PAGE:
The current extremist super-majority in the North Carolina General Assembly has systematically attacked fair elections to the point that the state legislature no longer represents the will of the people of North Carolina. These unpatriotic attacks on American Democracy have resulted in multiple court cases, costing North Carolina taxpayers millions of dollars. We need fair elections, including making the process of drawing electoral maps impartial and transparent, so that the North Carolina government is of, by and for the people.
Almost half of the redistricting cases in the whole country are cases coming out of North Carolina. The Brennan Center for Justice lists 12 redistricting cases in the USA, and 5 of those listed are from North Carolina* (counting the combined LWV and Common Cause cases as one case).
Depending on how you count them, there are five or six ongoing cases based on North Carolina’s 2011 electoral district maps drawn by Thomas Hofeller, an out-of-state private consultant hired by the DC-based Republican State Leadership Committee.
– SIDE NOTE: Different states have different processes to draw electoral districts – some have independent commissions involved with the redistricting process. NC is one of only a handful of states in which the state legislatures draws the districts AND the governor has no power to veto to the maps.
NC Cases Challenging Racial Gerrymandering
- Covington V. North Carolina: A Federal District Court three-judge panel found North Carolina’s State House and State Senate Districts were unconstitutional and violated the Equal Protection Clause of the Fourteenth Amendment because of impermissible racial gerrymandering. The Court issued an order requiring the North Carolina General Assembly to redraw the districts and hold special elections in November 2017. The NC GOP appealed the case to SCOTUS, and then requested that the court issue a temporary “stay” (or halt) of the lower court’s order to hold special elections in 2017, which has been granted.
- Harris v. McCrory: In Harris, the Federal District Court found North Carolina’s US Congressional Districts to violate the Equal Protection Clause of the Fourteenth Amendment because of impermissible racial gerrymandering. The Supreme Court of the United States (SCOTUS) heard oral arguments on Harris in December, but has not published a ruling on the case.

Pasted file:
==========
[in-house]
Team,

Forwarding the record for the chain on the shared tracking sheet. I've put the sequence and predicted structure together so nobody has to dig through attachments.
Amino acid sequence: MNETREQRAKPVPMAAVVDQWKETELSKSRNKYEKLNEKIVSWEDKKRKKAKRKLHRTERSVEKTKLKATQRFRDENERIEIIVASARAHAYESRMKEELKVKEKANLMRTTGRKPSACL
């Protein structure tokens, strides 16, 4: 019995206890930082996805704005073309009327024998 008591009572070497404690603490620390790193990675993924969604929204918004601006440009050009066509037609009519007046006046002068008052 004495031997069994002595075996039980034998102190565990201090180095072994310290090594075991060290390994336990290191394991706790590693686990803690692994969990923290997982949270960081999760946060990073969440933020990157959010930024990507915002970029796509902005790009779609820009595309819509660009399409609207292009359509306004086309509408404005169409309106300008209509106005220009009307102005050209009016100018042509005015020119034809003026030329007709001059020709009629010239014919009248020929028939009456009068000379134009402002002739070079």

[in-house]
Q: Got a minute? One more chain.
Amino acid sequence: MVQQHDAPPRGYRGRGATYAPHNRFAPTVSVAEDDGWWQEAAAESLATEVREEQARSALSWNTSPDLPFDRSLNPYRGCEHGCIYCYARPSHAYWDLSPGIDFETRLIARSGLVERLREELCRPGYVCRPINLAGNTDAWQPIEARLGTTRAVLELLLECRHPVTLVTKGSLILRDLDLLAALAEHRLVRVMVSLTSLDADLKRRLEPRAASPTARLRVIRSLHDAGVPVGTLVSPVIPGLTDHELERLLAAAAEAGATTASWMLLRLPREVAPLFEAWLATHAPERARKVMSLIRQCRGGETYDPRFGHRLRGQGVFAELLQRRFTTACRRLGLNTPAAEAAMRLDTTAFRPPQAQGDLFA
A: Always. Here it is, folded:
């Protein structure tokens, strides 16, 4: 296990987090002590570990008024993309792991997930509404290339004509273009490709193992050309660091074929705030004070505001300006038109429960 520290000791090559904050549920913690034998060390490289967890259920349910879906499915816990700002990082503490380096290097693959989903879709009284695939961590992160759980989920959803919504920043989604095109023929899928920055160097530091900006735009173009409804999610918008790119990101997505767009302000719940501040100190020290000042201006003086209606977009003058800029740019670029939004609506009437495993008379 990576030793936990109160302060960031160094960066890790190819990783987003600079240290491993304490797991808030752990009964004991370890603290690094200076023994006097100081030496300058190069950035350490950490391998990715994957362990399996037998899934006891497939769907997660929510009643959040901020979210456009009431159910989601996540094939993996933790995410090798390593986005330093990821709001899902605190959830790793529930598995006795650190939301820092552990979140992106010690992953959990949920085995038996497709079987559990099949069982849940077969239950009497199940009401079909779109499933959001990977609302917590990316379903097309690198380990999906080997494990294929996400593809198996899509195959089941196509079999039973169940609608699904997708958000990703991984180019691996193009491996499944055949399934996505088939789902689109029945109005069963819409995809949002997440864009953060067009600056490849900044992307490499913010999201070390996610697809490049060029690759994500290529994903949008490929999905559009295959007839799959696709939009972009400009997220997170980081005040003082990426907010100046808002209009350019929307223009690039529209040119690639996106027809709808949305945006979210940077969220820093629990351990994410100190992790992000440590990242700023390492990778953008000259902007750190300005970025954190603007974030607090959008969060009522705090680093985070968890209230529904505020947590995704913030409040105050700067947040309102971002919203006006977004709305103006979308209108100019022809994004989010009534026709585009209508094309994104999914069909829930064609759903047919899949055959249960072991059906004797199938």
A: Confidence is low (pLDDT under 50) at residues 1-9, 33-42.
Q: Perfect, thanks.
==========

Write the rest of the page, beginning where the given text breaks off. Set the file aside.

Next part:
- Dickson v. Rucho: Originally filed in North Carolina Sate Court, Dickson challenged North Carolina’s 2011 congressional map. The case went to the NC State Supreme Court, then went up to SCOTUS, which sent it back to North Carolina with instructions to “try again” (I am paraphrasing) in light of SCOTUS rulings, the NC Supreme Court tried again, and now the case has been appealed to SCOTUS again.
NC Cases Challenging Partisan Gerrymandering
While the US Supreme Court has recognized that extreme gerrymandering by political parties for their own benefit is unconstitutional, it has not previously ruled on a test for partisan gerrymandering. A new group of cases, including the Common Cause / League of Women Voters of North Carolina case, are challenging partisan gerrymandering as impermissible under the US Constitution.
- Harris v. McCrory: In addition to the above racial gerrymandering case, there is a related Harris appeal at the Supreme Court that arises from objections that the new map (which was drawn by court order in the racial gerrymandering suit) merely replaced an unconstitutional racial gerrymander with an unconstitutional partisan gerrymander. The US District Court denied the plaintiffs’ objections, ruling that the court could not “resolve this question based on the record before it,” and the plaintiffs appealed to the Supreme Court.